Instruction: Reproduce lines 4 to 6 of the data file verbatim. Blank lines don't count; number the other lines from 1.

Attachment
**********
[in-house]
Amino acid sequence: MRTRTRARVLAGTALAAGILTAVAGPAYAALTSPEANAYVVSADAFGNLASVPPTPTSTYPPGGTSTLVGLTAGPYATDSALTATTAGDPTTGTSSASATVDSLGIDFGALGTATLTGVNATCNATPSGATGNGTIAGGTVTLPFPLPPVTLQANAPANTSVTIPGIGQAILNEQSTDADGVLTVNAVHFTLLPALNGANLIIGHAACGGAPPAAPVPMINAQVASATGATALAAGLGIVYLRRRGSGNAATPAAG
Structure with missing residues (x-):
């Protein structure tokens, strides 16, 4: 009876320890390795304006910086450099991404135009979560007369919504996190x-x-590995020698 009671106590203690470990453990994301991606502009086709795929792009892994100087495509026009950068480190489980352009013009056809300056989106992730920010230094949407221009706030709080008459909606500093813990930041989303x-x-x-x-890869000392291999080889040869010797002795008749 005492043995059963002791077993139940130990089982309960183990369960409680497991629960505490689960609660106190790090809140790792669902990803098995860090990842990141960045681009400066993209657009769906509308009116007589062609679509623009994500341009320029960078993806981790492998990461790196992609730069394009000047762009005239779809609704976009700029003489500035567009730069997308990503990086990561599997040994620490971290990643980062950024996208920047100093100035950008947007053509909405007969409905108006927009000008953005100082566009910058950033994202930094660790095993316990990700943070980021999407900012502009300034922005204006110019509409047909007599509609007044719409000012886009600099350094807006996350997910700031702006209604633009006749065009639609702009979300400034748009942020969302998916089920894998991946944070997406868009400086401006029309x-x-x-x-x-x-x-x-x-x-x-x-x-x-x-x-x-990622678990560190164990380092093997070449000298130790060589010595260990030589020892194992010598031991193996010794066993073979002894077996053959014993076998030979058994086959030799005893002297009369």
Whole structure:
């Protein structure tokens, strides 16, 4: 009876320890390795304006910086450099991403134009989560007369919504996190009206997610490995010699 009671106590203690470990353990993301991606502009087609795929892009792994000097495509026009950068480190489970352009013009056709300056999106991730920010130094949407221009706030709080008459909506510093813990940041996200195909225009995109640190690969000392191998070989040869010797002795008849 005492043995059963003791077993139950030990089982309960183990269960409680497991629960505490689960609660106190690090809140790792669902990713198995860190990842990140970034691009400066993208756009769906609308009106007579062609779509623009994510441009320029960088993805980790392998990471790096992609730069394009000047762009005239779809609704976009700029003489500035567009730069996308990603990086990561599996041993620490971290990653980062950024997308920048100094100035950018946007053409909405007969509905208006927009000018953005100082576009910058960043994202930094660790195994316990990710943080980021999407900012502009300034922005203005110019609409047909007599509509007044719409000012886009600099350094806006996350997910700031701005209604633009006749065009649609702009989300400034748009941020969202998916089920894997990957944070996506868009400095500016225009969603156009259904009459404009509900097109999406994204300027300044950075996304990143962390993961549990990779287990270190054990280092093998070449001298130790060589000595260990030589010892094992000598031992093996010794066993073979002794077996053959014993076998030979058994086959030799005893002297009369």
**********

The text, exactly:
């Protein structure tokens, strides 16, 4: 009876320890390795304006910086450099991404135009979560007369919504996190x-x-590995020698 009671106590203690470990453990994301991606502009086709795929792009892994100087495509026009950068480190489980352009013009056809300056989106992730920010230094949407221009706030709080008459909606500093813990930041989303x-x-x-x-890869000392291999080889040869010797002795008749 005492043995059963002791077993139940130990089982309960183990369960409680497991629960505490689960609660106190790090809140790792669902990803098995860090990842990141960045681009400066993209657009769906509308009116007589062609679509623009994500341009320029960078993806981790492998990461790196992609730069394009000047762009005239779809609704976009700029003489500035567009730069997308990503990086990561599997040994620490971290990643980062950024996208920047100093100035950008947007053509909405007969409905108006927009000008953005100082566009910058950033994202930094660790095993316990990700943070980021999407900012502009300034922005204006110019509409047909007599509609007044719409000012886009600099350094807006996350997910700031702006209604633009006749065009639609702009979300400034748009942020969302998916089920894998991946944070997406868009400086401006029309x-x-x-x-x-x-x-x-x-x-x-x-x-x-x-x-x-990622678990560190164990380092093997070449000298130790060589010595260990030589020892194992010598031991193996010794066993073979002894077996053959014993076998030979058994086959030799005893002297009369």
Whole structure:
């Protein structure tokens, strides 16, 4: 009876320890390795304006910086450099991403134009989560007369919504996190009206997610490995010699 009671106590203690470990353990993301991606502009087609795929892009792994000097495509026009950068480190489970352009013009056709300056999106991730920010130094949407221009706030709080008459909506510093813990940041996200195909225009995109640190690969000392191998070989040869010797002795008849 005492043995059963003791077993139950030990089982309960183990269960409680497991629960505490689960609660106190690090809140790792669902990713198995860190990842990140970034691009400066993208756009769906609308009106007579062609779509623009994510441009320029960088993805980790392998990471790096992609730069394009000047762009005239779809609704976009700029003489500035567009730069996308990603990086990561599996041993620490971290990653980062950024997308920048100094100035950018946007053409909405007969509905208006927009000018953005100082576009910058960043994202930094660790195994316990990710943080980021999407900012502009300034922005203005110019609409047909007599509509007044719409000012886009600099350094806006996350997910700031701005209604633009006749065009649609702009989300400034748009941020969202998916089920894997990957944070996506868009400095500016225009969603156009259904009459404009509900097109999406994204300027300044950075996304990143962390993961549990990779287990270190054990280092093998070449001298130790060589000595260990030589010892094992000598031992093996010794066993073979002794077996053959014993076998030979058994086959030799005893002297009369």